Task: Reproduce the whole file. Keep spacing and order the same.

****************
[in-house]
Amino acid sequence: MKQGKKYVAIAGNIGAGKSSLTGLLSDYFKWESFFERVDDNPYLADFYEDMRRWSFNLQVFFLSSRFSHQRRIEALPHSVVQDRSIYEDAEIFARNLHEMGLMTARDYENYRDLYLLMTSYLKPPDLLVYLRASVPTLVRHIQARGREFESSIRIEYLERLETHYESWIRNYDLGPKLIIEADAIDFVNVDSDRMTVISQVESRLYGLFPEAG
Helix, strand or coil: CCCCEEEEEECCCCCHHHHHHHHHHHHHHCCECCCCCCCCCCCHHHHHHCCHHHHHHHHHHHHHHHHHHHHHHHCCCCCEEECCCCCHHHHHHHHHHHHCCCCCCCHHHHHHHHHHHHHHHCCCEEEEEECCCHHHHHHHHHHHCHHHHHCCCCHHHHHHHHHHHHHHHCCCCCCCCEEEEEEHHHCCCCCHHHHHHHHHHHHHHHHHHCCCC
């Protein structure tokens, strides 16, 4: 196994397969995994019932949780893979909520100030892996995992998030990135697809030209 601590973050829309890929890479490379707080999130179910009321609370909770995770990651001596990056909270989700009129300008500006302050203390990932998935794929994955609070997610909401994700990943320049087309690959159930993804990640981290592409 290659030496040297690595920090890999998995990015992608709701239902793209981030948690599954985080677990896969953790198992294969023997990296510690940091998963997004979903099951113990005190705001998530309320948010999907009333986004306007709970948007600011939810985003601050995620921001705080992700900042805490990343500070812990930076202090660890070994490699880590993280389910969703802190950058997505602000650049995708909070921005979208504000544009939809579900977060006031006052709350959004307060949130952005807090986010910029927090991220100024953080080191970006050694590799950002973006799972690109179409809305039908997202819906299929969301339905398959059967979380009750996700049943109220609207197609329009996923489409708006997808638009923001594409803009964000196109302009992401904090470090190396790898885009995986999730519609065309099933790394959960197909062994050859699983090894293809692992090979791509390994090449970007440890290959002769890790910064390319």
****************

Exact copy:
[in-house]
Amino acid sequence: MKQGKKYVAIAGNIGAGKSSLTGLLSDYFKWESFFERVDDNPYLADFYEDMRRWSFNLQVFFLSSRFSHQRRIEALPHSVVQDRSIYEDAEIFARNLHEMGLMTARDYENYRDLYLLMTSYLKPPDLLVYLRASVPTLVRHIQARGREFESSIRIEYLERLETHYESWIRNYDLGPKLIIEADAIDFVNVDSDRMTVISQVESRLYGLFPEAG
Helix, strand or coil: CCCCEEEEEECCCCCHHHHHHHHHHHHHHCCECCCCCCCCCCCHHHHHHCCHHHHHHHHHHHHHHHHHHHHHHHCCCCCEEECCCCCHHHHHHHHHHHHCCCCCCCHHHHHHHHHHHHHHHCCCEEEEEECCCHHHHHHHHHHHCHHHHHCCCCHHHHHHHHHHHHHHHCCCCCCCCEEEEEEHHHCCCCCHHHHHHHHHHHHHHHHHHCCCC
């Protein structure tokens, strides 16, 4: 196994397969995994019932949780893979909520100030892996995992998030990135697809030209 601590973050829309890929890479490379707080999130179910009321609370909770995770990651001596990056909270989700009129300008500006302050203390990932998935794929994955609070997610909401994700990943320049087309690959159930993804990640981290592409 290659030496040297690595920090890999998995990015992608709701239902793209981030948690599954985080677990896969953790198992294969023997990296510690940091998963997004979903099951113990005190705001998530309320948010999907009333986004306007709970948007600011939810985003601050995620921001705080992700900042805490990343500070812990930076202090660890070994490699880590993280389910969703802190950058997505602000650049995708909070921005979208504000544009939809579900977060006031006052709350959004307060949130952005807090986010910029927090991220100024953080080191970006050694590799950002973006799972690109179409809305039908997202819906299929969301339905398959059967979380009750996700049943109220609207197609329009996923489409708006997808638009923001594409803009964000196109302009992401904090470090190396790898885009995986999730519609065309099933790394959960197909062994050859699983090894293809692992090979791509390994090449970007440890290959002769890790910064390319």